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Why Carbon Trading and How? 

 

By Esubalew Dires

 

Climate Change is the most serious global problem we face in the 21st century. Africa is widely held to be highly vulnerable to climate change and Ethiopia is often cited as one of the most extreme examples. Researchers also assessed the effects of climate variability on agricultural production and national GDP. Entry points and knowledge gaps in relation to mainstreaming climate risks in Ethiopia are identified using the Government's plan for poverty reduction. More than 85% of the region’s population lives in the rural areas with its livelihood mainly depending on agriculture and related activities.

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Thus, in order to make officers aware of the current status on climate change, Organization for Rehabilitation and Development in Amhara (ORDA’s) Biodiversity program made a two days’ training workshop on “Climate Change and Carbon Trading Potentials in Amhara, Interventions, Challenges and Opportunities” at Gondar from 31st April to 1 may 2014.  During the training, Dr. Zewdu Eshetu, an instructor and a researcher at Climate Center in Addis Ababa University presented on the impact of climate change and other related issues.

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Carbon trading, sometimes called emissions trading, is a market-based tool to limit greenhouse gases. Carbon trading is also a market mechanism in order to mitigate climate change. In carbon trading, one party pays for another party in return for greenhouse gas emission reduction or for the right to emit. The Kyoto mechanisms allow the countries with Kyoto commitments to meet their target of reducing greenhouse gas emissions in a cost-effective way and motivate developing countries to join global emission reduction. Thus, carbon trading is essential in an opportunity to increase climate equity. Treaties include potential to finance mitigation and adaptation to climate change and enhance sustainable development.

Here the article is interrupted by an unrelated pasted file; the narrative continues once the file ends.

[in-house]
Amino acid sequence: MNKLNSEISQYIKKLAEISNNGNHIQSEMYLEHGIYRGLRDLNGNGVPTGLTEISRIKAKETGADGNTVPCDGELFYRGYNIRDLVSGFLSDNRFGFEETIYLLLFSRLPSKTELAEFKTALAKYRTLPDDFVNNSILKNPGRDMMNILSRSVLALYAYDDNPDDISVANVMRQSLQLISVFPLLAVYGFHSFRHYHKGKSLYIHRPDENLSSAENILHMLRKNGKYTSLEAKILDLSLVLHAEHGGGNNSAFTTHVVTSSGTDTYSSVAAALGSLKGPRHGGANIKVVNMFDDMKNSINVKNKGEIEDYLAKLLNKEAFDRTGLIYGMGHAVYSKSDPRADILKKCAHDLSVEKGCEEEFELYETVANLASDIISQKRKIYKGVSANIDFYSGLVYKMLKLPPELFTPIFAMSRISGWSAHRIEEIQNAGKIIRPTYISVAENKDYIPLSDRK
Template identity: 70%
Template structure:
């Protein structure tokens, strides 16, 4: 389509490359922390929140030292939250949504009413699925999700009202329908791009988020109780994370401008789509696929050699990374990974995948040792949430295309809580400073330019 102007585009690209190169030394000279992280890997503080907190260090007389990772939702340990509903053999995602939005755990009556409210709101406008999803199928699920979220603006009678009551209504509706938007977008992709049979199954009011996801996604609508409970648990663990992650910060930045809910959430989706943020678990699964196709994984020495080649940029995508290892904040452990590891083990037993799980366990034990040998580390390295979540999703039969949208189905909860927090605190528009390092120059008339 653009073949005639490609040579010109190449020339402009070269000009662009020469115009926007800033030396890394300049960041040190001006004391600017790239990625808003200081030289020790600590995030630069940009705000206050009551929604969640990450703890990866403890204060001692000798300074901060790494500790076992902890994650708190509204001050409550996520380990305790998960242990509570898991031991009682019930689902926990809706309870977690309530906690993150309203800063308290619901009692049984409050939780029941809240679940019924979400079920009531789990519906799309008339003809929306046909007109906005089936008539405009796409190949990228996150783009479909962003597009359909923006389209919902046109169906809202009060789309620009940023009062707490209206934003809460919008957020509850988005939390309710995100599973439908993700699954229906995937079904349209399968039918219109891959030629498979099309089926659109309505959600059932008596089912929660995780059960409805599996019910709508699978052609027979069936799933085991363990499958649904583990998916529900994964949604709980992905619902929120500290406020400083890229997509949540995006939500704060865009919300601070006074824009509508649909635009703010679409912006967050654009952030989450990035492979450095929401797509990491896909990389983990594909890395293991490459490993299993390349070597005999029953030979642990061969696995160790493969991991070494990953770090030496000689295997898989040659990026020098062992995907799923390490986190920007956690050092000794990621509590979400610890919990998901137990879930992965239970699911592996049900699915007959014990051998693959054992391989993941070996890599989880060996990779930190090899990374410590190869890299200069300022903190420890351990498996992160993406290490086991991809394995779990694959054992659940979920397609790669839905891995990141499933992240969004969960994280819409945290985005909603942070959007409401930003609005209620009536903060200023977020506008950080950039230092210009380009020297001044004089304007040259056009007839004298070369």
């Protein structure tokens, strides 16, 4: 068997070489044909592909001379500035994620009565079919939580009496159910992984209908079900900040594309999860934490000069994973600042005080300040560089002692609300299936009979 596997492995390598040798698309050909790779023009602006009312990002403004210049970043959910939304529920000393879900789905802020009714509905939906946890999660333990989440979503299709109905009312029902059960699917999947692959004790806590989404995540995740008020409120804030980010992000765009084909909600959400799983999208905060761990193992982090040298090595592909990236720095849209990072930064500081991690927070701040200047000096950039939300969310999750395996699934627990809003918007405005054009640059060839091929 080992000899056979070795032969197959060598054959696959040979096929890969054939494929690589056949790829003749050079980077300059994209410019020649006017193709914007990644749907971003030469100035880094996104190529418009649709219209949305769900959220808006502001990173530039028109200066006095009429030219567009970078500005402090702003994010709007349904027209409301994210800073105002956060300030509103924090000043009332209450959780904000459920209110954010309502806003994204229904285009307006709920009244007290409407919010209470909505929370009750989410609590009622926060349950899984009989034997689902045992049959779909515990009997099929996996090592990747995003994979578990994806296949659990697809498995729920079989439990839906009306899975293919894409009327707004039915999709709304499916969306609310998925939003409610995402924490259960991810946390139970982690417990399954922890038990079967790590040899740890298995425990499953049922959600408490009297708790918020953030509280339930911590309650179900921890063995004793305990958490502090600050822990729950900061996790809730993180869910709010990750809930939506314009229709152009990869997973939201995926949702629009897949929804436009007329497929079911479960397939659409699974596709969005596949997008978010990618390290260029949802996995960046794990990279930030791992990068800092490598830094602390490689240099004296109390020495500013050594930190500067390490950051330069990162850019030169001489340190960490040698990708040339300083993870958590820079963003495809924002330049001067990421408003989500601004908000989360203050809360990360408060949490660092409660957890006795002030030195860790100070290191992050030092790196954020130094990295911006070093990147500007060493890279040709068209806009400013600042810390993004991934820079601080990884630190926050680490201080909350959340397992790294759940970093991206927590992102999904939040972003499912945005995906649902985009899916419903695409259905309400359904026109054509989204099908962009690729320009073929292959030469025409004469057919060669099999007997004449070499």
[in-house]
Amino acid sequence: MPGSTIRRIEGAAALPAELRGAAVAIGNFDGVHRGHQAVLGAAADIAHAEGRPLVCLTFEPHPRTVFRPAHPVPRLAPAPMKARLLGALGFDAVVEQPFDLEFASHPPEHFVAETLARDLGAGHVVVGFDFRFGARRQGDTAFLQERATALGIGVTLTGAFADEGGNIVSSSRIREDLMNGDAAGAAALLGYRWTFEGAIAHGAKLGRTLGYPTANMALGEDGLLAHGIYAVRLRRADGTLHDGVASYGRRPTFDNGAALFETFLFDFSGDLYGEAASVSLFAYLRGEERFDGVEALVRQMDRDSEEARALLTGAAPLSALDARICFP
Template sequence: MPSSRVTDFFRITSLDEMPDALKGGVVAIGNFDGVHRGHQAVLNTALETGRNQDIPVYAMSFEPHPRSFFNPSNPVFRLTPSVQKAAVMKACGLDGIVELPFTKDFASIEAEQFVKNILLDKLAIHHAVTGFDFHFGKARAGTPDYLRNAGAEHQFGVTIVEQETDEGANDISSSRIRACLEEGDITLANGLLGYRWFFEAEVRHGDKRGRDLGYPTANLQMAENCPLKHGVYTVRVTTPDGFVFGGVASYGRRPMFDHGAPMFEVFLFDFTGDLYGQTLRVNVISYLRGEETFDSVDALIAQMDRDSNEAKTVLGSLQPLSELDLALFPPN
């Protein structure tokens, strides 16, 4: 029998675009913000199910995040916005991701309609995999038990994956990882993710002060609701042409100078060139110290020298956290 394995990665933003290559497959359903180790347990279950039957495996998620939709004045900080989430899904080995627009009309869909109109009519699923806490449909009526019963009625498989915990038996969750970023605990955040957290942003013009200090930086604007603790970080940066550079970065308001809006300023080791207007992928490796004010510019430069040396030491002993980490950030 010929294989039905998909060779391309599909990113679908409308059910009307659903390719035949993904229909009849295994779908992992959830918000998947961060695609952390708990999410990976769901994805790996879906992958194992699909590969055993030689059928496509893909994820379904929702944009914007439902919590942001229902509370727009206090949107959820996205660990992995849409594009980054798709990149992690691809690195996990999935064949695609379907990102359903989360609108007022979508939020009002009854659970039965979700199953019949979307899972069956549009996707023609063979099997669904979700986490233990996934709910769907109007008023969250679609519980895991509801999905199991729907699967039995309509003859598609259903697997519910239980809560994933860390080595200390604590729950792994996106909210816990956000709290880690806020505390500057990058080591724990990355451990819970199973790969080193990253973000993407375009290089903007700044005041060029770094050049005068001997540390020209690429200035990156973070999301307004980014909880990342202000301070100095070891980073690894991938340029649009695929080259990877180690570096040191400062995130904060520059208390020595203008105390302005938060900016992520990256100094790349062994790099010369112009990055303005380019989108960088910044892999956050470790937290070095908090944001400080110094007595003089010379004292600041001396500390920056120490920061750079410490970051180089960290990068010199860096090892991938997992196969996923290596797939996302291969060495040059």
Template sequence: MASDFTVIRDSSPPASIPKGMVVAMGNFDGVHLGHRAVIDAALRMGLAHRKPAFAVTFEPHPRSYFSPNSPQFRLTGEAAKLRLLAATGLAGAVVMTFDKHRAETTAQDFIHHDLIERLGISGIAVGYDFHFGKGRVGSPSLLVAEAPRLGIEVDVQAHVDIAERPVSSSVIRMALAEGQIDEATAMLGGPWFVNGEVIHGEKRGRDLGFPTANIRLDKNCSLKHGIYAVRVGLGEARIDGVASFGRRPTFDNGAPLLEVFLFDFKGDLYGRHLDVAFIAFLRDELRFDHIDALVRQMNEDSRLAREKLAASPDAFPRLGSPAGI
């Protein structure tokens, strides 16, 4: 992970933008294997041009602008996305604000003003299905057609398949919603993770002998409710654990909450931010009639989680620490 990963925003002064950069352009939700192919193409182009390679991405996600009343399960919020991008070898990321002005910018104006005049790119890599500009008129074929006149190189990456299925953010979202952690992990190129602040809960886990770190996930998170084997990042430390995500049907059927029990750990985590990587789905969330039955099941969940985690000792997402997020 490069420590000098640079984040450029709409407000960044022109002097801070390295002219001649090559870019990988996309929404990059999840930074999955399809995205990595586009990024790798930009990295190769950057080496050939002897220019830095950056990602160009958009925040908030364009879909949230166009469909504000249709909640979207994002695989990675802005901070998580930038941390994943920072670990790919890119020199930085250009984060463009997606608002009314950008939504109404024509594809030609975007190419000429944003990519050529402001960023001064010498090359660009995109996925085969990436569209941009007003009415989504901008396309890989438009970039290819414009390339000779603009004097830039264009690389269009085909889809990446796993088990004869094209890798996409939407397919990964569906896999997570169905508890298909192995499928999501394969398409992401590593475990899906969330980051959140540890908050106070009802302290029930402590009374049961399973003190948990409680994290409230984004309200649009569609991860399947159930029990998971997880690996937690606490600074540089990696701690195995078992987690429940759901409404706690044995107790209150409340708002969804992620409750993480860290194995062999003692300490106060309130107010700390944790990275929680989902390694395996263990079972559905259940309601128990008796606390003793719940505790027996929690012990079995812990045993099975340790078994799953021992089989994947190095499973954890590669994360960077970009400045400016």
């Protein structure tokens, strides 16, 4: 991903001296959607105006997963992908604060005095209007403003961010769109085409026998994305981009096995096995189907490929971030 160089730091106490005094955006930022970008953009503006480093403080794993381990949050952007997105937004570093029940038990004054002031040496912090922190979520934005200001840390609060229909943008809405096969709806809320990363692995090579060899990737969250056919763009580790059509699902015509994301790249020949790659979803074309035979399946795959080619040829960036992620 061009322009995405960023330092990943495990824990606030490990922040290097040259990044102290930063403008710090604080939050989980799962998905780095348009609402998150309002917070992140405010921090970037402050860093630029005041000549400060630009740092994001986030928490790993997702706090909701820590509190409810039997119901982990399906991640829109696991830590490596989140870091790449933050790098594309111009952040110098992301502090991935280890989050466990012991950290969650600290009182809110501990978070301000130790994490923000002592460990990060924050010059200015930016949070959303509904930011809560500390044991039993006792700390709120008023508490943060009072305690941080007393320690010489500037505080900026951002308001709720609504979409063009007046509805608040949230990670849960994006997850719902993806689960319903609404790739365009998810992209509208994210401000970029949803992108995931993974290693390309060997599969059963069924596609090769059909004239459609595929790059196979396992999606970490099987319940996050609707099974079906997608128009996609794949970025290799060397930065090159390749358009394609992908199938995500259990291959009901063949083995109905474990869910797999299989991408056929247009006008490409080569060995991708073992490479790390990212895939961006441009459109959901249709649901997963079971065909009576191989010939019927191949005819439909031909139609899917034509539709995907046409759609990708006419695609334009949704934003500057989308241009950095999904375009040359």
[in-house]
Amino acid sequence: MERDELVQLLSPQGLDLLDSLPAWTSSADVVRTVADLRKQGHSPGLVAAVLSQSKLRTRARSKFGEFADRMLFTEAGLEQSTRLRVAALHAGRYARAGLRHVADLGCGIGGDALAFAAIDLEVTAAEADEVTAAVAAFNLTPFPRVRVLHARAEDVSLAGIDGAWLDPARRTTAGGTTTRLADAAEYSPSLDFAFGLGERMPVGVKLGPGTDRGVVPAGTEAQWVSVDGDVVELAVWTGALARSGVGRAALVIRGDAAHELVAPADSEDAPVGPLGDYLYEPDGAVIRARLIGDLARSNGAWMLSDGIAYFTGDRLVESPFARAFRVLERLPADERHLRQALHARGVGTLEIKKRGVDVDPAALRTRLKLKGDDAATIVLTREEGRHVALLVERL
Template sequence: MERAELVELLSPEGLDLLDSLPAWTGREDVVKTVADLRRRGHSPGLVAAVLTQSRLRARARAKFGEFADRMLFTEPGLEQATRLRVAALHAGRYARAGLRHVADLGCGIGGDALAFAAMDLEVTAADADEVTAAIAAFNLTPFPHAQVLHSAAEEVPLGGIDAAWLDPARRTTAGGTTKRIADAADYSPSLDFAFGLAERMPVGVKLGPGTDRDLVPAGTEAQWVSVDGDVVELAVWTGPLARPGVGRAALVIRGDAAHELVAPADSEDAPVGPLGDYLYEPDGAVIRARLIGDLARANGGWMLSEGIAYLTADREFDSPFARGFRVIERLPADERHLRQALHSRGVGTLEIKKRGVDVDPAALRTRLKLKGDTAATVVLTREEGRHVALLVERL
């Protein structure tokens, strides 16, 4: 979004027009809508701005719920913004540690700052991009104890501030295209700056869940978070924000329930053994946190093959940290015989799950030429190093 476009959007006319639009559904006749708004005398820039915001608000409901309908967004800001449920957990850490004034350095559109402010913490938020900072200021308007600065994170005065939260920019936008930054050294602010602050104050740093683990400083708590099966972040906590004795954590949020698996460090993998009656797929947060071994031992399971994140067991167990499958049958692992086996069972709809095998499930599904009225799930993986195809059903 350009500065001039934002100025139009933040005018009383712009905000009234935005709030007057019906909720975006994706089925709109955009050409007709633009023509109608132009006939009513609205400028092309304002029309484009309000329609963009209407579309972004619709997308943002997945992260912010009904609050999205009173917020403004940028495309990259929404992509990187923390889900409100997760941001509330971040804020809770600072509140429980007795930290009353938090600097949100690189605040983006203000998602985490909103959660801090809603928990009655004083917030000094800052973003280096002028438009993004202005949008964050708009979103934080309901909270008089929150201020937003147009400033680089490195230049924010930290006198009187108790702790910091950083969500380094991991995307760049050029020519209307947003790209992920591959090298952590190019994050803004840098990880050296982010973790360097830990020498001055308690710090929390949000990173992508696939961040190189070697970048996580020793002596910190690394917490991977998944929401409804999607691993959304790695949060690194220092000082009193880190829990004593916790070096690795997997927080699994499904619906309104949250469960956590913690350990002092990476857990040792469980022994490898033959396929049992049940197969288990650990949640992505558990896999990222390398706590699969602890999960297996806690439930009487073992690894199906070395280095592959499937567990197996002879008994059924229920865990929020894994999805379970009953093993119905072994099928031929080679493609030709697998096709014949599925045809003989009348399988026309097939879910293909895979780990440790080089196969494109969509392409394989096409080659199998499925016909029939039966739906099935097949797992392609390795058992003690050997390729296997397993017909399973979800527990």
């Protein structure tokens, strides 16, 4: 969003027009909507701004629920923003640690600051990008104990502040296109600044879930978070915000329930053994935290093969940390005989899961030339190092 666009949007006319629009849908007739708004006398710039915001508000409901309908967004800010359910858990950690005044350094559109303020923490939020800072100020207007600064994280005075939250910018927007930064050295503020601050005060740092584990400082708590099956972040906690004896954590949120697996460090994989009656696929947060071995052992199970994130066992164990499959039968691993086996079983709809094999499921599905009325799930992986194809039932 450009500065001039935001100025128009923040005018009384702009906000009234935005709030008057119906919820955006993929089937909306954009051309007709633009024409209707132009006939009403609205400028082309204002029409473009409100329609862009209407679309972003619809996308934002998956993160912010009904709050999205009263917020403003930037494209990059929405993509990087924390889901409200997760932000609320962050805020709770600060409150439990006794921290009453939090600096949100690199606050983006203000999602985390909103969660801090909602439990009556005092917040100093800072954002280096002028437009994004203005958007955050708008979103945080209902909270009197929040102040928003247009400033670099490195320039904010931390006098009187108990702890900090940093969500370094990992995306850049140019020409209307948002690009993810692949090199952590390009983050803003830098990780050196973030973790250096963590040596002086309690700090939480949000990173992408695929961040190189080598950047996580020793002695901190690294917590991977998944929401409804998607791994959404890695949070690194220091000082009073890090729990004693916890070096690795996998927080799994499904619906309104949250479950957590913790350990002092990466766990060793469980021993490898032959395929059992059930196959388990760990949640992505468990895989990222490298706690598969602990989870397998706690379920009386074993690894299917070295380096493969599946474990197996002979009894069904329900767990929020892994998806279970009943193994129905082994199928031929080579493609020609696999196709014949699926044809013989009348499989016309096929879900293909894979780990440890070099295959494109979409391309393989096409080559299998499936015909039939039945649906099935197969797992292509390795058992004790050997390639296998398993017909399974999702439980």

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Though Climate change is a global phenomenon, it affects developing countries mainly Africa.  The current climate change is so steady and causing immediate hazards. Climate and agriculture are closely related to each other. More than 80% of the population of Ethiopia is highly dependent on the sector of agriculture.

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Agriculture has been carried out in Ethiopia for over 3,000 years; however, it isn’t supported with technologies yet. Harvesting tools are made from wood and wood products which can be one of the possible causes for desertification. Thus, a change in climate  leads to a change in agricultural practices.

Generally speaking, global warming can be slowed, and stopped, with practical actions that yield a cleaner, healthier atmosphere. That’s why ORDA’s biodiversity program is implementing the first new initiative Participatory Forest Management activities in low and highland districts of North and South Gondar Zones for the last five year.

Last Updated (Wednesday, 14 May 2014 12:02)

 
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